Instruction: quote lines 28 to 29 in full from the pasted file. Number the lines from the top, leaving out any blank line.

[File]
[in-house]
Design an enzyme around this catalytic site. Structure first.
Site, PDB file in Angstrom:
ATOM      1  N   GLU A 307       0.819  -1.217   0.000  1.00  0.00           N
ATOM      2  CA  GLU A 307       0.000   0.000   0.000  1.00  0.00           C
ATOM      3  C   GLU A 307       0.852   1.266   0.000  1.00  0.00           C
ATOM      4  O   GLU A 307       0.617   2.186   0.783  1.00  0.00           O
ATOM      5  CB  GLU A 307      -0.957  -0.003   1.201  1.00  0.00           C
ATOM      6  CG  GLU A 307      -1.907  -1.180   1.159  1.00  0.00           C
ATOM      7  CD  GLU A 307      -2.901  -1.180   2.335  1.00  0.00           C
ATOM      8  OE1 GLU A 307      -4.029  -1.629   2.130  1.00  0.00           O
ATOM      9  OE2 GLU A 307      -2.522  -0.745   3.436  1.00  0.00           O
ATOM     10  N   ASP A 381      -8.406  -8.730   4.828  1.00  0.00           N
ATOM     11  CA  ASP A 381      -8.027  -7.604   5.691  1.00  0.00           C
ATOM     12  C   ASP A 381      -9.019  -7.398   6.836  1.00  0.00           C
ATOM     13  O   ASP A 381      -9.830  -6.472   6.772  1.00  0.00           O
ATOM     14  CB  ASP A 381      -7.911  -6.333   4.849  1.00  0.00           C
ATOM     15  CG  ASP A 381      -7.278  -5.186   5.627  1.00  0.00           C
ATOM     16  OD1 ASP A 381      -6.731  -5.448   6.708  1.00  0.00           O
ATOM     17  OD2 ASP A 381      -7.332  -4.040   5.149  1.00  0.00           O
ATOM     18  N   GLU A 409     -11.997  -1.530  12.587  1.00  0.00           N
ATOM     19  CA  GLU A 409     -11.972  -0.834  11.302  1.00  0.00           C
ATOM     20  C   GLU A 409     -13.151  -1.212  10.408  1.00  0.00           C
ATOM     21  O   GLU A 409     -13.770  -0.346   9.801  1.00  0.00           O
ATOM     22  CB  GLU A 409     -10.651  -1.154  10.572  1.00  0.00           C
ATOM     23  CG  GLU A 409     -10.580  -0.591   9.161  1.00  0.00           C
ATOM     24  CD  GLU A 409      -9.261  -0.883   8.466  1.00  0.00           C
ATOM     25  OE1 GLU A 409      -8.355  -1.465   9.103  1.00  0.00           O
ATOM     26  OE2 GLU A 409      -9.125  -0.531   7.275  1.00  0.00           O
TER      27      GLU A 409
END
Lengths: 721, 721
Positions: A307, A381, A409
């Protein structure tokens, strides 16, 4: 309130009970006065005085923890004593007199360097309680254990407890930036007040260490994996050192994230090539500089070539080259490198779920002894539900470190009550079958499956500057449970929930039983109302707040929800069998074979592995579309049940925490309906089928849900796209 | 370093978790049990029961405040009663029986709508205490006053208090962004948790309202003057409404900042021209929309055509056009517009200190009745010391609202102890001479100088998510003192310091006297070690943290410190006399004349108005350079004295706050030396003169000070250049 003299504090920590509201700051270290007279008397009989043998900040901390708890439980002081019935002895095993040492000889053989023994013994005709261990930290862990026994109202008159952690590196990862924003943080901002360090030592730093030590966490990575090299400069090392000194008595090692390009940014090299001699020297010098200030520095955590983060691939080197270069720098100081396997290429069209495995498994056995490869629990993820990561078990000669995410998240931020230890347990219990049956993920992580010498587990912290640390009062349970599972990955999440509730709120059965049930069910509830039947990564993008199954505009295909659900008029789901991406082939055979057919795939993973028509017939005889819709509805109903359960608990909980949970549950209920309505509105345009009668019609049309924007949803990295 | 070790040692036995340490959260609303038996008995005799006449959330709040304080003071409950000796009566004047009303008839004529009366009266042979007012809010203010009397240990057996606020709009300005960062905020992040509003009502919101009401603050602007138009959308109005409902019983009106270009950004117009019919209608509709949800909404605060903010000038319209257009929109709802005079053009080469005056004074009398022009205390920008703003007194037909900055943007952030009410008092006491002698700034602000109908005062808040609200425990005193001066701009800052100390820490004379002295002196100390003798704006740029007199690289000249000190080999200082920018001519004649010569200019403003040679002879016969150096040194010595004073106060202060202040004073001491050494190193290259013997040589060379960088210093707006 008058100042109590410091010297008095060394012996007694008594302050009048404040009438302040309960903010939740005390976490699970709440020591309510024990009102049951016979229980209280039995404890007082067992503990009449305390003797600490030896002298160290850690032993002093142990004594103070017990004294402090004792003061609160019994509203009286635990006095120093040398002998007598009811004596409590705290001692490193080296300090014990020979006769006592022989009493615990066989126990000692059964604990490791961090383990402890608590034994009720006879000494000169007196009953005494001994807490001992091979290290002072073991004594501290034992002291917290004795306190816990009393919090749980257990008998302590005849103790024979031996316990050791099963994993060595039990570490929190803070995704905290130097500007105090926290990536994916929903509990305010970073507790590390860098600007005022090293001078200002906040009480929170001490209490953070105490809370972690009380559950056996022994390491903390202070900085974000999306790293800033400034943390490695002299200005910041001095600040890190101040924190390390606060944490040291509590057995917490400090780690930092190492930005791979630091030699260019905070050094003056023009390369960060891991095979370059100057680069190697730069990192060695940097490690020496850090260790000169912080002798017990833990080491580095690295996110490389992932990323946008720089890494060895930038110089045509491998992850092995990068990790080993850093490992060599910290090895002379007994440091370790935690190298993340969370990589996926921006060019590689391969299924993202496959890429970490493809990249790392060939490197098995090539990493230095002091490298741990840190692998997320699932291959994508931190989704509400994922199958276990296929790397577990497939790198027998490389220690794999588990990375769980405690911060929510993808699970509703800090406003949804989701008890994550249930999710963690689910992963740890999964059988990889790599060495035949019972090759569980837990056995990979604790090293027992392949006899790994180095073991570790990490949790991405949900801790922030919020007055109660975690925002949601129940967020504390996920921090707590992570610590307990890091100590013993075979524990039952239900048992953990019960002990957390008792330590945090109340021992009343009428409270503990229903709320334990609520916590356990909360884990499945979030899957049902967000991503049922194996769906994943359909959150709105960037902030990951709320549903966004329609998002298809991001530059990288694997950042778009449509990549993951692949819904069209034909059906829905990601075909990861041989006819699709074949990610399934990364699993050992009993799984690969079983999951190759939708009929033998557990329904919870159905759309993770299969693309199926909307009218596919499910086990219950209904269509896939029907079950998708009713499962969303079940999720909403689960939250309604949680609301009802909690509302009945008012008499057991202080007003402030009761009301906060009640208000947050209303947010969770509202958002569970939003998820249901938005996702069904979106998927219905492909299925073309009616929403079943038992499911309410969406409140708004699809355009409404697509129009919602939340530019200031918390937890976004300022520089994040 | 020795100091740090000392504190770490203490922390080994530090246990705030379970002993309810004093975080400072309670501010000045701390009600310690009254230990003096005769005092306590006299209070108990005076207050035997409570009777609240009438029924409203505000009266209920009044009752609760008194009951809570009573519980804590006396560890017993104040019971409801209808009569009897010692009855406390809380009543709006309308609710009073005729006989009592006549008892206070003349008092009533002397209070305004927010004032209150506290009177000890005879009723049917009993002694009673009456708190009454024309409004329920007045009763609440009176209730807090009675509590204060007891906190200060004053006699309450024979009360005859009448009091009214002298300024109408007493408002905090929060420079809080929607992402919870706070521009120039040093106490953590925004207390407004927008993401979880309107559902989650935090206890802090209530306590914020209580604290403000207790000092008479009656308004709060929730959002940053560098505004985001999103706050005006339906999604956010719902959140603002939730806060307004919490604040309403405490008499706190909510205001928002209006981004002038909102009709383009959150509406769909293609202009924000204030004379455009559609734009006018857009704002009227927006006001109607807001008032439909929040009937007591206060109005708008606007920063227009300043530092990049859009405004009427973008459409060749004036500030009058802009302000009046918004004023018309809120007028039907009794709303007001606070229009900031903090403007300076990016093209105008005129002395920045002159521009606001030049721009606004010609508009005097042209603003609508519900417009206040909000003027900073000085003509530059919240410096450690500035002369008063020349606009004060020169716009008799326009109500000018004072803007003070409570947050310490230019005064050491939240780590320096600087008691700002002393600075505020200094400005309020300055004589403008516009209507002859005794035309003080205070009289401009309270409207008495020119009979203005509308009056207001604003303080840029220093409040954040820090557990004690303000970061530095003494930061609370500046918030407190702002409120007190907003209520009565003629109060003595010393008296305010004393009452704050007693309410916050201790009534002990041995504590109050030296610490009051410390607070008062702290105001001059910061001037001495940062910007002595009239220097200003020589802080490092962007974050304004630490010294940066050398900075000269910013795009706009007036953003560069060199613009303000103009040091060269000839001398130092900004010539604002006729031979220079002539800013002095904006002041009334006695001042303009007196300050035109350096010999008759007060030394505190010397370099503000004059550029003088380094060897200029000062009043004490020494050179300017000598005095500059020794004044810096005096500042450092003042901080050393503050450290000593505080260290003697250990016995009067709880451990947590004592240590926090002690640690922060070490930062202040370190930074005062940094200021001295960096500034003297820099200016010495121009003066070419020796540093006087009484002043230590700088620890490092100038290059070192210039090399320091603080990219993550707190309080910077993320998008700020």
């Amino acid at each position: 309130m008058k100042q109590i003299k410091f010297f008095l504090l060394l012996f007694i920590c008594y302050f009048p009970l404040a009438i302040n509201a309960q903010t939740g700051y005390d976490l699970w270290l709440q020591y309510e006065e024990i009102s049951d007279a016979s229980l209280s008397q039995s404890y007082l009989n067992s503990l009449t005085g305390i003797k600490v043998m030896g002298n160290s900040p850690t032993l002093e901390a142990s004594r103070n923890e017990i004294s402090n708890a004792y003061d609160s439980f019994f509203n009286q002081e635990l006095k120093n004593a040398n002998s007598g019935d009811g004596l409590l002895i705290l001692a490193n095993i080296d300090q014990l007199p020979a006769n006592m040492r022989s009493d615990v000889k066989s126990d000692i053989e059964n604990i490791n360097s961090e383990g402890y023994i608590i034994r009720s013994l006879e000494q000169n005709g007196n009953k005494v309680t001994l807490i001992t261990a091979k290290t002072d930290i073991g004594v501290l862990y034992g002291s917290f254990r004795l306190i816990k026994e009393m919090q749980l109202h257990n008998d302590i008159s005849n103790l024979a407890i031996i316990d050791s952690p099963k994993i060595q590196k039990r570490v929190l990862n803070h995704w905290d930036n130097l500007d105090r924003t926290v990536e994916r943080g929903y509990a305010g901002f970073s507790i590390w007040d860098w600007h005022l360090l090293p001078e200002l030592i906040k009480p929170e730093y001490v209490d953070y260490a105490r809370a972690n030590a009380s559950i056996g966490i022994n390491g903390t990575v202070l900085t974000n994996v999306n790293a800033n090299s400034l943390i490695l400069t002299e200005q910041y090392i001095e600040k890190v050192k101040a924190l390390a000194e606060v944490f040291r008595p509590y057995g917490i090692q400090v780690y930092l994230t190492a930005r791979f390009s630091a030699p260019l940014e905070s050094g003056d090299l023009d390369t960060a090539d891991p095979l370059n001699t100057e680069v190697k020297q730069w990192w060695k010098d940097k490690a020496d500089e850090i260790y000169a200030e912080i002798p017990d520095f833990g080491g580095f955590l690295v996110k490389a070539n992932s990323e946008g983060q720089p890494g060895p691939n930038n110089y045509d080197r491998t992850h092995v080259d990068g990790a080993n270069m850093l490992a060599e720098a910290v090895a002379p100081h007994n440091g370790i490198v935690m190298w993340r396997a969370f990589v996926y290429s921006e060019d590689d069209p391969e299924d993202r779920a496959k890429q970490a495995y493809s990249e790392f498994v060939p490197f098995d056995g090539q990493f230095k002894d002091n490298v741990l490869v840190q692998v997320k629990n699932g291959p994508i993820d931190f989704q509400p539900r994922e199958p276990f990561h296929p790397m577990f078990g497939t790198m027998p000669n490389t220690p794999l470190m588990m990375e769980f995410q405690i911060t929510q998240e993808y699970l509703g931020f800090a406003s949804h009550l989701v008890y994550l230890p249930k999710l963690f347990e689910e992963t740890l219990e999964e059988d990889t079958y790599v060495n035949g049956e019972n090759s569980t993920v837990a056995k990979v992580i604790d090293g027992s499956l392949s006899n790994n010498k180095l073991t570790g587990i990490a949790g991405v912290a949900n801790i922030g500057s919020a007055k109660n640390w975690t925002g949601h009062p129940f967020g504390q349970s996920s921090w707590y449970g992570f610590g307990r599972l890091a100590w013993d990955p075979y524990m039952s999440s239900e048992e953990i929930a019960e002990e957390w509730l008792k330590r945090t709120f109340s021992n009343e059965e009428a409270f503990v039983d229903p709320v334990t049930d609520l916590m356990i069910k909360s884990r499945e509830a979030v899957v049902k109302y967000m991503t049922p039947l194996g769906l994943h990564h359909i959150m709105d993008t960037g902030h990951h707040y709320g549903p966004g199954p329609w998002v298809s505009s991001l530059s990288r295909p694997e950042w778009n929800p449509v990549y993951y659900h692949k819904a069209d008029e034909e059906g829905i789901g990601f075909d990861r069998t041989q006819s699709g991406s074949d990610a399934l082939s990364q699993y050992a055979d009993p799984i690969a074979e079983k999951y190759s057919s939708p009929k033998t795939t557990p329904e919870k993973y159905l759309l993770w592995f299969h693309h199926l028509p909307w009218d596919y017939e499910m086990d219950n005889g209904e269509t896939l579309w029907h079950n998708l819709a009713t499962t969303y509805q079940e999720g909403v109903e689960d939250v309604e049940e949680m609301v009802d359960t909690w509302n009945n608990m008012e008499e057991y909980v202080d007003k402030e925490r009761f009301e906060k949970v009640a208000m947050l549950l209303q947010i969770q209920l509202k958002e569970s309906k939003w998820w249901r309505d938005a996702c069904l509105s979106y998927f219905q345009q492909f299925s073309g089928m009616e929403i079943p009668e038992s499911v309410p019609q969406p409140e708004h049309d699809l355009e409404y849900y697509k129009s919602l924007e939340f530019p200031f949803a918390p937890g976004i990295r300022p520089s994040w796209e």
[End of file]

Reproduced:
ATOM     25  OE1 GLU A 409      -8.355  -1.465   9.103  1.00  0.00           O
ATOM     26  OE2 GLU A 409      -9.125  -0.531   7.275  1.00  0.00           O